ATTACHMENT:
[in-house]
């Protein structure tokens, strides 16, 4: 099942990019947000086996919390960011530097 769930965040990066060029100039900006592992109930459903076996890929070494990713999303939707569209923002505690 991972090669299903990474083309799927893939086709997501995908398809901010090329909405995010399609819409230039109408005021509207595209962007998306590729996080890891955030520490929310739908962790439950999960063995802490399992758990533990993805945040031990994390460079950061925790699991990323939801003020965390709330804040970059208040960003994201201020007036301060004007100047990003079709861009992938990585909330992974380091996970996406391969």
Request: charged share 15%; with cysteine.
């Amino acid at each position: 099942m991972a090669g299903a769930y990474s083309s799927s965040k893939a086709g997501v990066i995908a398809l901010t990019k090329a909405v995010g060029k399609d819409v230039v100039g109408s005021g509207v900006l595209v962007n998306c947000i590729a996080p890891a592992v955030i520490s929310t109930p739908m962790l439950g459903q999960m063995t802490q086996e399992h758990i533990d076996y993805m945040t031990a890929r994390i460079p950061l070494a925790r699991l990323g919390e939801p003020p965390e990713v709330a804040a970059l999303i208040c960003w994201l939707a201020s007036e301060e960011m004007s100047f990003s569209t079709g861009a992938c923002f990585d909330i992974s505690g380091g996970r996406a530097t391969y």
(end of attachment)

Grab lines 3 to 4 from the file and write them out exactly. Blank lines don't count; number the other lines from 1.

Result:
Request: charged share 15%; with cysteine.
């Amino acid at each position: 099942m991972a090669g299903a769930y990474s083309s799927s965040k893939a086709g997501v990066i995908a398809l901010t990019k090329a909405v995010g060029k399609d819409v230039v100039g109408s005021g509207v900006l595209v962007n998306c947000i590729a996080p890891a592992v955030i520490s929310t109930p739908m962790l439950g459903q999960m063995t802490q086996e399992h758990i533990d076996y993805m945040t031990a890929r994390i460079p950061l070494a925790r699991l990323g919390e939801p003020p965390e990713v709330a804040a970059l999303i208040c960003w994201l939707a201020s007036e301060e960011m004007s100047f990003s569209t079709g861009a992938c923002f990585d909330i992974s505690g380091g996970r996406a530097t391969y």